The Grand Challenges for Earth system science, published today, are the result of broad consultation as part of a visioning process spearheaded by the International Council for Science (ICSU) in cooperation with the International Social Science Council (ISSC).
The consultation highlighted the need for research that integrates our understanding of the functioning of the Earth system – and its critical thresholds – with global environmental change and socio-economic development.
The five Grand Challenges are:
1. Forecasting—Improve the usefulness of forecasts of future environmental conditions and their consequences for people.
2. Observing—Develop, enhance and integrate the observation systems needed to manage global and regional environmental change.
3. Confining—Determine how to anticipate, recognize, avoid and manage disruptive global environmental change.
4. Responding—Determine what institutional, economic and behavioural changes can enable effective steps toward global sustainability.
5. Innovating—Encourage innovation (coupled with sound mechanisms for evaluation) in developing technological, policy and social responses to achieve global sustainability.
“The challenges are a consensus list of the highest priorities for Earth system research and provide an overarching research framework. If we, the scientific community, successfully address these in the next decade, we will remove critical barriers impeding progress toward sustainable development,” said Dr Walt Reid, who chaired the Task Team overseeing the first step of the visioning process.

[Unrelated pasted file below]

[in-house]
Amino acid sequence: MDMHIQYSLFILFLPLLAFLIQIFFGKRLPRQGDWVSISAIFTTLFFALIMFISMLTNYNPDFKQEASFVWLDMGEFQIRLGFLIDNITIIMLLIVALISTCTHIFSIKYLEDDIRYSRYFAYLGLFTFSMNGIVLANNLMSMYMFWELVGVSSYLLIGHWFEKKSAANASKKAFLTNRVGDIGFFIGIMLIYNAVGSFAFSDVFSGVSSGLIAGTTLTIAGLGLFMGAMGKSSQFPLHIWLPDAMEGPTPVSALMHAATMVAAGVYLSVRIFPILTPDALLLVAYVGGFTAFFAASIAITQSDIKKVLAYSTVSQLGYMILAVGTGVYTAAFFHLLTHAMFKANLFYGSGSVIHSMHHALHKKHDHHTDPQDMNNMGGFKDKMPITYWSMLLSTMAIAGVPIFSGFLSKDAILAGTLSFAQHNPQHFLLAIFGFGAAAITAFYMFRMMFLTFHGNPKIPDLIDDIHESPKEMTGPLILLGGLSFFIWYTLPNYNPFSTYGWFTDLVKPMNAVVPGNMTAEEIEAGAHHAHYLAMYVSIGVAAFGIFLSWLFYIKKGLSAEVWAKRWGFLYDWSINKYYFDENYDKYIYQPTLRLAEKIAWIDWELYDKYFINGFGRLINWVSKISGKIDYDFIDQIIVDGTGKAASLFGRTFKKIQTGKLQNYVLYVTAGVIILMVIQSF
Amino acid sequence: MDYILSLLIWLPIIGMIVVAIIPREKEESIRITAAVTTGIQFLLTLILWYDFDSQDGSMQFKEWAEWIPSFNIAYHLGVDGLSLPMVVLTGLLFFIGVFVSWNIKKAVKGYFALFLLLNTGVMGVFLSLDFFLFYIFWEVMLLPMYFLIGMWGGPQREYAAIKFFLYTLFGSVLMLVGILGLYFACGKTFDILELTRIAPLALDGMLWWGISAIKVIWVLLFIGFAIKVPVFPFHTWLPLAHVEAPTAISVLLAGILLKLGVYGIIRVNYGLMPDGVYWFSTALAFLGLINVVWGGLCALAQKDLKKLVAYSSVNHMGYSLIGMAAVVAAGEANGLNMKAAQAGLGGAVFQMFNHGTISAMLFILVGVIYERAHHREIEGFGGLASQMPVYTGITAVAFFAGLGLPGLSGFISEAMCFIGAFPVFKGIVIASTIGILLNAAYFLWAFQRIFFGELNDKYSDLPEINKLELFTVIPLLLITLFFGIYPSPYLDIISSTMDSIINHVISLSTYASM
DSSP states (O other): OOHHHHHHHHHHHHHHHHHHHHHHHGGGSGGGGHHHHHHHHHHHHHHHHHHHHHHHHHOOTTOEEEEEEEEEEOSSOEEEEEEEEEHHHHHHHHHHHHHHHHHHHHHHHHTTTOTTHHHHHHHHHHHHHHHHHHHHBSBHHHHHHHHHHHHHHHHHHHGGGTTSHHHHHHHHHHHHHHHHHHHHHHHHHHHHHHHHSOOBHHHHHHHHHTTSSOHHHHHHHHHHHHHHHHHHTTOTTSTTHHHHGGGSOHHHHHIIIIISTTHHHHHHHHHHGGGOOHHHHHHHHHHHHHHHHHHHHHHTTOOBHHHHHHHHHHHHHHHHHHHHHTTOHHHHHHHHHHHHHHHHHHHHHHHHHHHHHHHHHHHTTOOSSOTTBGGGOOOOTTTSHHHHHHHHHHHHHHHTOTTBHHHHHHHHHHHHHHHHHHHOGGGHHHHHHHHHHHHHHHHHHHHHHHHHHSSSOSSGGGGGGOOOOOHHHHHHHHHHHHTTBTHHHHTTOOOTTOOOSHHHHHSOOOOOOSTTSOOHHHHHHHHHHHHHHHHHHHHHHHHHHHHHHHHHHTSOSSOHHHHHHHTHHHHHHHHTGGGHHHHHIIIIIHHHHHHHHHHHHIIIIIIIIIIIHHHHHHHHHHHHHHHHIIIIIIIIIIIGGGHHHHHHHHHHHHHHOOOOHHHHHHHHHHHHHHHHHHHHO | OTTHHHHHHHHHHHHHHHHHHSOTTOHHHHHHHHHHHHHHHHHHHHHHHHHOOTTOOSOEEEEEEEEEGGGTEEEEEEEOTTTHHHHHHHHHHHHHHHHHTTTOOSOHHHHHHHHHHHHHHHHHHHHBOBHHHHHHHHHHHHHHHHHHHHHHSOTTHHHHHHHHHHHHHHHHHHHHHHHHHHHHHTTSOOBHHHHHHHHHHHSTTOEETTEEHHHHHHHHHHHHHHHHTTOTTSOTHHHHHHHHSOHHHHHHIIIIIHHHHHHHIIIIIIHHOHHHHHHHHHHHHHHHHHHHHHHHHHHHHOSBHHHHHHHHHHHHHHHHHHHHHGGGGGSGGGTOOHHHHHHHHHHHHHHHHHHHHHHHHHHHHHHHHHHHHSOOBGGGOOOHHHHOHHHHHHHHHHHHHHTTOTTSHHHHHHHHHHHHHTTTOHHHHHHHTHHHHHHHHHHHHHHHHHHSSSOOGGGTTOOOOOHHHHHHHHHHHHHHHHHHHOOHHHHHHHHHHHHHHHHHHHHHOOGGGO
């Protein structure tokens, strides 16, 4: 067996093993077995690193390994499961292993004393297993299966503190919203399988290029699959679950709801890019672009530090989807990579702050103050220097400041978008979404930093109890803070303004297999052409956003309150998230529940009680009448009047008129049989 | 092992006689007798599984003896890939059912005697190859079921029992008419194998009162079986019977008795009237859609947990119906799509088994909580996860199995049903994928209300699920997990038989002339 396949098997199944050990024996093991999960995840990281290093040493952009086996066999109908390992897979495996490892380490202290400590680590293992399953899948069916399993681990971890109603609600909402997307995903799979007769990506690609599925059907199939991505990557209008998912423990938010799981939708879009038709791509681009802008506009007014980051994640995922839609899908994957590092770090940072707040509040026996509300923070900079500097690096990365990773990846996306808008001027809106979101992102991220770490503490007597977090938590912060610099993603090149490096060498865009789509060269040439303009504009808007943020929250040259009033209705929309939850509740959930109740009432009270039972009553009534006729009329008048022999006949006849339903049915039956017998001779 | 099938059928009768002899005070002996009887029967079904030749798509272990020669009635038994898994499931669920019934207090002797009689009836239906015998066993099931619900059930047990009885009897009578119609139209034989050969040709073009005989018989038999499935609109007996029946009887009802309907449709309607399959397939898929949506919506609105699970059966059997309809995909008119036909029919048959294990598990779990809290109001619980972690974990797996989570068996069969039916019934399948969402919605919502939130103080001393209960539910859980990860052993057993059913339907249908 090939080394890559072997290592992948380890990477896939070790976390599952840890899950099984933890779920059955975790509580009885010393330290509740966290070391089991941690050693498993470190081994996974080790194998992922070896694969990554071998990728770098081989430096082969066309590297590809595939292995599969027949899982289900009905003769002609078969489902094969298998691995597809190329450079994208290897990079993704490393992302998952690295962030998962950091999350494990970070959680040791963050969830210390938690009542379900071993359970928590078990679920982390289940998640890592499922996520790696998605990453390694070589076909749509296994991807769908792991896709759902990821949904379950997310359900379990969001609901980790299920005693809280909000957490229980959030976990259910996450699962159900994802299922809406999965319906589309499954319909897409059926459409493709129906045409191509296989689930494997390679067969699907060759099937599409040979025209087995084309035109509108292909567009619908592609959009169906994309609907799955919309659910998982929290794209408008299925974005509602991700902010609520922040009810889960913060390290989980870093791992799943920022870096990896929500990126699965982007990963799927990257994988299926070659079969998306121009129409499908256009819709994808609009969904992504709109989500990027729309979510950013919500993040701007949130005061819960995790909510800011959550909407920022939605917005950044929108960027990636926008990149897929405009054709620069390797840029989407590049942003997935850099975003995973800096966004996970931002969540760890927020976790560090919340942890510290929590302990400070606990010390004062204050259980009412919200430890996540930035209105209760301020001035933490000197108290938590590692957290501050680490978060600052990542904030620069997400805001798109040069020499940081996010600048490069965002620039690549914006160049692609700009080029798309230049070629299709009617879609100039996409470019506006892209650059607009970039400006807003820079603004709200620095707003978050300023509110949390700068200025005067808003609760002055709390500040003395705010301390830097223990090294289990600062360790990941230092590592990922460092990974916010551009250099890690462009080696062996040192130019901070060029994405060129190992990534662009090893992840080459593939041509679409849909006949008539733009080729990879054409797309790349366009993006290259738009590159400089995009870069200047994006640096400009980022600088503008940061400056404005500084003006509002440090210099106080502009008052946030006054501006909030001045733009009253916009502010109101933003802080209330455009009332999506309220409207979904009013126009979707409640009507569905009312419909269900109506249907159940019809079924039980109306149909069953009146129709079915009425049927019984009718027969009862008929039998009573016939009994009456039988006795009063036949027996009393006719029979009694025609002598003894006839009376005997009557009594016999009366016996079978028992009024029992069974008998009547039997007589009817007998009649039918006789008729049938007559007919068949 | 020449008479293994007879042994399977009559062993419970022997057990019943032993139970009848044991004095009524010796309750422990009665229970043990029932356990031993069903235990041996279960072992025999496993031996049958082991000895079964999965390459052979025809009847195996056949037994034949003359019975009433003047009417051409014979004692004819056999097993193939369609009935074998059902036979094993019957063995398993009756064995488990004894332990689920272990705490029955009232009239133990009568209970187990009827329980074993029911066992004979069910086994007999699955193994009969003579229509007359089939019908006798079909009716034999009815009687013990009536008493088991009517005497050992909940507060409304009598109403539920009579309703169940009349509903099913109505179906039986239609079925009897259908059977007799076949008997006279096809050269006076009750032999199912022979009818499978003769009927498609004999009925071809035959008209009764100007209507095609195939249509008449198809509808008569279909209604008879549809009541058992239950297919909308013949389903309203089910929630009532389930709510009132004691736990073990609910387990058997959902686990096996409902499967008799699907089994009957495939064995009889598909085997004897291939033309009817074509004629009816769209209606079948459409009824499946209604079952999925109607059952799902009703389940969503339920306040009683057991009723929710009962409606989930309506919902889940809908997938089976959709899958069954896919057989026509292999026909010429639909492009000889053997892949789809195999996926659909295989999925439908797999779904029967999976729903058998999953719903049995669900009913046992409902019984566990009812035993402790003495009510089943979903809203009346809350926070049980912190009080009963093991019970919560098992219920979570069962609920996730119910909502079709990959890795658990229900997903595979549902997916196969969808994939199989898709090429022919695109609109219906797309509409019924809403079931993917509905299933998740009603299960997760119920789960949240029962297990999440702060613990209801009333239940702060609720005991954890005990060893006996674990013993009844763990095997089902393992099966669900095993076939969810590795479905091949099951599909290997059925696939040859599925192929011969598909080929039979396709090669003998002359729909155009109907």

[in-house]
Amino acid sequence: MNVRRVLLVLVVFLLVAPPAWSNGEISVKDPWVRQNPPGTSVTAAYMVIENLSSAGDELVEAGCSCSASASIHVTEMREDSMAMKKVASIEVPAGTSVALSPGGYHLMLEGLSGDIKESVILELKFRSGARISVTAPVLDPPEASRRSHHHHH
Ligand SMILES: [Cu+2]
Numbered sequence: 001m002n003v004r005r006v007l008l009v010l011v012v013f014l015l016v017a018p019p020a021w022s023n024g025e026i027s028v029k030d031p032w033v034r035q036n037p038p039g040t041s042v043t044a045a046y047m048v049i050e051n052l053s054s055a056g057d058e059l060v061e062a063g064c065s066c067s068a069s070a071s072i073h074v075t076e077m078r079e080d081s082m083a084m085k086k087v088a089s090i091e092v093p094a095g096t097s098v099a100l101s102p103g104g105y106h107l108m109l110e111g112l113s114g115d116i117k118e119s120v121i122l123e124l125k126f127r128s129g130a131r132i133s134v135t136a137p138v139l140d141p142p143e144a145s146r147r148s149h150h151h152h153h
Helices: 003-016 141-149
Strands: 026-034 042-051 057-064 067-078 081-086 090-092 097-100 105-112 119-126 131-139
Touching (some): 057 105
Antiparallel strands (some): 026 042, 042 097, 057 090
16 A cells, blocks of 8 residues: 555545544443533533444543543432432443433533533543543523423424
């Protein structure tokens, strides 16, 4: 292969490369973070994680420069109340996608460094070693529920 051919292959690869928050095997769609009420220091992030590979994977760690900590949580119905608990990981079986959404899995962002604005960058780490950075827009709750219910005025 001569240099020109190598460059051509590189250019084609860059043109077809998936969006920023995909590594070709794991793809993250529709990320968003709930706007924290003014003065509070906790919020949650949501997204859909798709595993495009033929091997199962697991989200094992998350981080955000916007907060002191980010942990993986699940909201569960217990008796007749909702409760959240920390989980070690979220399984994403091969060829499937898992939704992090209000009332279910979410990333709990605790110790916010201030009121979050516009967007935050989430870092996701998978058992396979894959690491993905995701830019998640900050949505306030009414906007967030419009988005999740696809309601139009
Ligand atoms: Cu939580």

“Addressing these challenges will require new research capacity, especially the involvement of young scientists and scientists from developing countries, and a balanced mix of disciplinary and interdisciplinary research that actively involves stakeholders and decision makers,” Dr Reid continued.
“The existing global environmental change programmes—Diversitas, International Geosphere Biosphere Programme, International Human Dimensions Programme and the World Climate Research Programme—along with the Earth System Science Partnership have played an important role in our understanding of the Earth system,” explained Professor Johan Rockström, the current chair of the visioning Task Team.
“Their engagement has been an important part of the visioning process and the continued involvement of these global research networks is essential to the globally coordinated research effort needed to address the questions posed by the Grand Challenges,” Professor Rockström said.
Now that the research framework has been identified the next step has begun: determining the organizational structure required to implement this framework.
Professor Deliang Chen, ICSU Executive Director, said: “A lot of integrated research is already happening but it does not constitute the concerted coordinated global effort that is needed to effectively respond to the Grand Challenges. ICSU, together with the ISSC and the Belmont Forum of funders, are consulting with the existing programmes and related initiatives to determine what new structure(s) will be required.
Source: Click Green
It’s encouraging to know that if we meet certain global challenges successfully then there is the possibility of reversing some human impacts and preventing further damage to Earth. Hopefully people will also begin to have less children so that our overpopulation doesn’t offset all the good environmental work that is being done (once a population exceeds an ecosystem’s carrying capacity something has to give). Water and energy are two resources that will dominate the next few decades. If the global community responds adequately then the water and energy crisis will perhaps not be averted but at least the intensity could be reduced.
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